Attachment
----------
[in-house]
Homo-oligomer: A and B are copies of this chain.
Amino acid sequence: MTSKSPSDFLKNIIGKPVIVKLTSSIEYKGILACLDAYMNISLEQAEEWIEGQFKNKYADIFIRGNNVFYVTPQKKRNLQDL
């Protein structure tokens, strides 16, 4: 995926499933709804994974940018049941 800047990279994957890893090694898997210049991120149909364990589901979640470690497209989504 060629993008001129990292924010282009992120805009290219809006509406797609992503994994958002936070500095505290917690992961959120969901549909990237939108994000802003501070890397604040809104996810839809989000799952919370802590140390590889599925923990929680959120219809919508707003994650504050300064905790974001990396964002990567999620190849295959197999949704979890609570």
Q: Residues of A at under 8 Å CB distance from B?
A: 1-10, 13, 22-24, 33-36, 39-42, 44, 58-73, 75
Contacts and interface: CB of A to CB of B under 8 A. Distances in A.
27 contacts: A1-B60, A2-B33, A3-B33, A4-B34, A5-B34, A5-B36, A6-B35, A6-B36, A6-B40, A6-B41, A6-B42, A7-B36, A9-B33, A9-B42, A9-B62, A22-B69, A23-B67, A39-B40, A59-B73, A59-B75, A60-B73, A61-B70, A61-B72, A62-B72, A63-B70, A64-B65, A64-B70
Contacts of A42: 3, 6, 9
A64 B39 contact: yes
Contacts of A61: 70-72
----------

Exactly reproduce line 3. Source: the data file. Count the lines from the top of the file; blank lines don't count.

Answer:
Amino acid sequence: MTSKSPSDFLKNIIGKPVIVKLTSSIEYKGILACLDAYMNISLEQAEEWIEGQFKNKYADIFIRGNNVFYVTPQKKRNLQDL